Turkey’s top court overturns terrorism conviction of ISIS suspect who looked for ways to get to Syria to fight

Levent Kenez/Stockholm

Turkey’s Supreme Court of Appeals (Yargıtay), the country’s highest appeals court, has overturned the terrorism conviction of an Islamic State in Iraq and Syria (ISIS) suspect who contacted ISIS members for help in reaching Syria to join the armed conflict waged by ISIS. area.

According to a Supreme Court decision dated October 3, 2022, obtained by Nordic Monitor, the court stated that the defendant was asked about the contact with ISIS members through social networking sites such as WhatsApp, Telegram and Facebook and the situation on the roads to Syria. It is not proof of membership in a terrorist organization.

However, the court concluded that the accused’s sharing of images praising ISIS, posters promoting the organization and photos of terrorists on his Facebook page indicated that he was in fact a member of the organization.

The Supreme Court of Appeal overturned the local court’s verdict and ruled that the accused should be tried again. The Supreme Court in its judgment said that he was accepting membership in a terrorist organization because he received orders from that organization.

Supreme Court Verdict:

Yargıtay İçtihat is new

Legal experts contacted by Nordic Monitor said the Supreme Court’s decisions were more liberal when it came to ISIS members, but they did not see the same liberal stance in the court’s decisions against Kurdish suspects and members of the Gulen movement, which is critical of Turkish President Recep Tayyip Erdogan. Tayyip Erdogan.

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For example, the Turkish government has accepted activities such as having an account at the Gülen-affiliated Bank Asya, holding an administrative position in a Gülen movement-linked organization, subscribing to the group’s publications, and being a member of a trade union or other organization. Using the ByLock encrypted messaging app as benchmarks to identify and arrest tens of thousands of followers of the Gülen movement and on charges of membership in a terrorist organization.

On November 15, the United Nations Human Rights Committee, in a decision on the Gülen-affiliated defendant’s application, said, “In principle, the use or downloading of an encrypted communication tool or a bank account does not in itself constitute proof of membership in an illegal armed organization, unless supported by other evidence, such as conversation records.

According to Jurisprudence According to the European Court of Human Rights (ECtHR), sympathizing with a terrorist organization is not a crime unless it involves violence.

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Turkey’s judiciary and security forces are known to be tolerant of ISIS members, and ISIS has also received support from Turkey to fight Kurdish militants in Syria, whom Turkey considers terrorists.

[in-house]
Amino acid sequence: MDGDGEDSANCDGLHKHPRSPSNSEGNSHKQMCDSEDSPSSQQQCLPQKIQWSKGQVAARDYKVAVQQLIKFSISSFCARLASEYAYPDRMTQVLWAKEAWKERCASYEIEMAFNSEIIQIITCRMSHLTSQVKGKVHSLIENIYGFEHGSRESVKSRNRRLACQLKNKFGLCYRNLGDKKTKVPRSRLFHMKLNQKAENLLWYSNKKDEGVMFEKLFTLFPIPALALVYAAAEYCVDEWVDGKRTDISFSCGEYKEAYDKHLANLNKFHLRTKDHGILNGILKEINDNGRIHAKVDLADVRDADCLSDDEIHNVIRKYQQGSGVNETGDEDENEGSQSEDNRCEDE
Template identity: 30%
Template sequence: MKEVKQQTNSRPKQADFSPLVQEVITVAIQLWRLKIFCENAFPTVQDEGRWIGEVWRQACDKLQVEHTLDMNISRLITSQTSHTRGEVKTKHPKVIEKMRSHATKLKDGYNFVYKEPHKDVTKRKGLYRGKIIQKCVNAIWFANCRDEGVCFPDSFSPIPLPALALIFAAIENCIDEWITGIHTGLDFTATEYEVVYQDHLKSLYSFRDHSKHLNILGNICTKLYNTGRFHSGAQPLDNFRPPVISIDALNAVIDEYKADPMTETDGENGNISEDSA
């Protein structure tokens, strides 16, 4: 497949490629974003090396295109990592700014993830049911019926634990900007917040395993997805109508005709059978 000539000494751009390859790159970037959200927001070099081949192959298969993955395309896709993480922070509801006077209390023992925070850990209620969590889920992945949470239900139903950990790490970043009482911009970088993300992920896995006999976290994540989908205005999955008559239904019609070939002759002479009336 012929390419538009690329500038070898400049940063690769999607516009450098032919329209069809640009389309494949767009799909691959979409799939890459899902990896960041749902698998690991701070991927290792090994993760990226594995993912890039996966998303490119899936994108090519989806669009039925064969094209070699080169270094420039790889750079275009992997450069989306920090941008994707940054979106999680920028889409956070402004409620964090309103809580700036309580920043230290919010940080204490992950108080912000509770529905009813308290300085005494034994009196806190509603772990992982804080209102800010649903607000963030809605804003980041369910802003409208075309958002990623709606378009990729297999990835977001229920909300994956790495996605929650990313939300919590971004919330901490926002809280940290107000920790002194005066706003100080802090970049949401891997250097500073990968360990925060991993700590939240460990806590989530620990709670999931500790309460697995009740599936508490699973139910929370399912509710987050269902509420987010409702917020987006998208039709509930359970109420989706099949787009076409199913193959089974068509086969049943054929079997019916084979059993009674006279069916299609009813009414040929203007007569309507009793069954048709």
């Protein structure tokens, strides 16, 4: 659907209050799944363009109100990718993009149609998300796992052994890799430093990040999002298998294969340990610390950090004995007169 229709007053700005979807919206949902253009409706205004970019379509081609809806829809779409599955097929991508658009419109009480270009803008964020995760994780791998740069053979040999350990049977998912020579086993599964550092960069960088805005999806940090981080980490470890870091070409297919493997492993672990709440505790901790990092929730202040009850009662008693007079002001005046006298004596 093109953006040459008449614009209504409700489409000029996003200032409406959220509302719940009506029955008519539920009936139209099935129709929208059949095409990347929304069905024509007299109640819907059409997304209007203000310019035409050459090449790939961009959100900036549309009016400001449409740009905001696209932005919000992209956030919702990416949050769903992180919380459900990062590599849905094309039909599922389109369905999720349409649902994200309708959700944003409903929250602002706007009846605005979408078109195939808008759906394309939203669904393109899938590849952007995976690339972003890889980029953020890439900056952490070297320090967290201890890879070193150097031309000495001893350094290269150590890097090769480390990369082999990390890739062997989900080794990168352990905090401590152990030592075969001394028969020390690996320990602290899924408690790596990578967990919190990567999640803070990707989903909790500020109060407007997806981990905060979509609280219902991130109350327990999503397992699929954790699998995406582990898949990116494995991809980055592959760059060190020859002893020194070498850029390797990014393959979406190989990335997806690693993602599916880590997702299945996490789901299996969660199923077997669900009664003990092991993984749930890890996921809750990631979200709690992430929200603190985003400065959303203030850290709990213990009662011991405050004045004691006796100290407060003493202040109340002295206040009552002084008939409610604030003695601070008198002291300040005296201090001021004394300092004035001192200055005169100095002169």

Few ISIS suspects are on Turkey’s most-wanted list, while many critics who have nothing to do with terrorism are included on the fugitive list, but the government is not really interested in cracking down on ISIS. Of the 1,304 people on the list, only 84 are ISIS members, about 6 percent of the total sought. Although ISIS has killed more people, the list has never included former ISIS leader Abu Bakr al-Baghdadi, who was killed in a US strike in October 2019, a few kilometers from the Turkish border in northern Syria, since its creation. Several soldiers and Turkish police were attacked by car bombs, including 200 civilians and two soldiers burned alive in Turkey and abroad. Similarly, Abu Ibrahim al-Hashimi al-Qurashi, the successor to al-Baghdadi who was killed this week, is not on the wanted list.

Turkish officials have not disclosed the number of successful convictions in ISIS cases and declined to respond to parliamentary questions asking for such information. Instead, they often float statistics on the number of detentions and in some cases arrests, which in most cases lead to acquittals and releases.

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According to Interior Minister Suleiman Soylu, police detained 2,438 ISIS suspects in 2021, but only formally arrested 487 of them, corresponding to a 20 percent arrest rate. In other words, four out of five ISIS suspects detained were never jailed. He did not give an estimate of how many were released after being arrested. In most cases, Turkish courts have released formally arrested ISIS suspects pending trial at their first trial.

Thousands of Turkish and foreign militants have entered Syria with the help of smugglers using Turkish territory to fight alongside ISIS groups there. The Turkish intelligence agency MIT facilitated their journey through Kilis, a border province in Turkey’s southeast, one of the main crossing points into ISIS-held territory. Human smugglers are known to be active in the border region, although Turkish authorities often ignore their trips in and out of Syria.

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